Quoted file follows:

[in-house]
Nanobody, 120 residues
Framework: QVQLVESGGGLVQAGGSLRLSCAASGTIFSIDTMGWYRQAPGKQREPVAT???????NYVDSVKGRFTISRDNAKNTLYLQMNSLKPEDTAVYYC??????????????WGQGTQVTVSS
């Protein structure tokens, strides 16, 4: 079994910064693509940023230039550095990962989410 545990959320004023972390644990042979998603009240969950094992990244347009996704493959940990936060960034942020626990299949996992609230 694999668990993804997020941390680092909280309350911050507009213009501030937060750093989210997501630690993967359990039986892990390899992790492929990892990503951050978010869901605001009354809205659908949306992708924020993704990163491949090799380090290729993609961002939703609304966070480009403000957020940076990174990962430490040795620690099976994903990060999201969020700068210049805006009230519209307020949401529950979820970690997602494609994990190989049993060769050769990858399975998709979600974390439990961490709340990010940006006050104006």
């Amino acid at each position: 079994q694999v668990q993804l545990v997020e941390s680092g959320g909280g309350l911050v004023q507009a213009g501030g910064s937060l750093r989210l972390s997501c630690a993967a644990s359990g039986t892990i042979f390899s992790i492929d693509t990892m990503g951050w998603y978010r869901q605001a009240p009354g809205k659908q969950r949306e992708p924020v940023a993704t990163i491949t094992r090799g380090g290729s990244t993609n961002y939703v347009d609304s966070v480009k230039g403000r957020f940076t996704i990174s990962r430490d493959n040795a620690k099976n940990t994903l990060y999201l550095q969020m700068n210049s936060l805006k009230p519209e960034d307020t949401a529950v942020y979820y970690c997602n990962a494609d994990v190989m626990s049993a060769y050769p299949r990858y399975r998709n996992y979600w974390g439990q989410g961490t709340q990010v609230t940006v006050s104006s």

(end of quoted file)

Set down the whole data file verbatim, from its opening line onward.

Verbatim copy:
[in-house]
Nanobody, 120 residues
Framework: QVQLVESGGGLVQAGGSLRLSCAASGTIFSIDTMGWYRQAPGKQREPVAT???????NYVDSVKGRFTISRDNAKNTLYLQMNSLKPEDTAVYYC??????????????WGQGTQVTVSS
């Protein structure tokens, strides 16, 4: 079994910064693509940023230039550095990962989410 545990959320004023972390644990042979998603009240969950094992990244347009996704493959940990936060960034942020626990299949996992609230 694999668990993804997020941390680092909280309350911050507009213009501030937060750093989210997501630690993967359990039986892990390899992790492929990892990503951050978010869901605001009354809205659908949306992708924020993704990163491949090799380090290729993609961002939703609304966070480009403000957020940076990174990962430490040795620690099976994903990060999201969020700068210049805006009230519209307020949401529950979820970690997602494609994990190989049993060769050769990858399975998709979600974390439990961490709340990010940006006050104006």
């Amino acid at each position: 079994q694999v668990q993804l545990v997020e941390s680092g959320g909280g309350l911050v004023q507009a213009g501030g910064s937060l750093r989210l972390s997501c630690a993967a644990s359990g039986t892990i042979f390899s992790i492929d693509t990892m990503g951050w998603y978010r869901q605001a009240p009354g809205k659908q969950r949306e992708p924020v940023a993704t990163i491949t094992r090799g380090g290729s990244t993609n961002y939703v347009d609304s966070v480009k230039g403000r957020f940076t996704i990174s990962r430490d493959n040795a620690k099976n940990t994903l990060y999201l550095q969020m700068n210049s936060l805006k009230p519209e960034d307020t949401a529950v942020y979820y970690c997602n990962a494609d994990v190989m626990s049993a060769y050769p299949r990858y399975r998709n996992y979600w974390g439990q989410g961490t709340q990010v609230t940006v006050s104006s």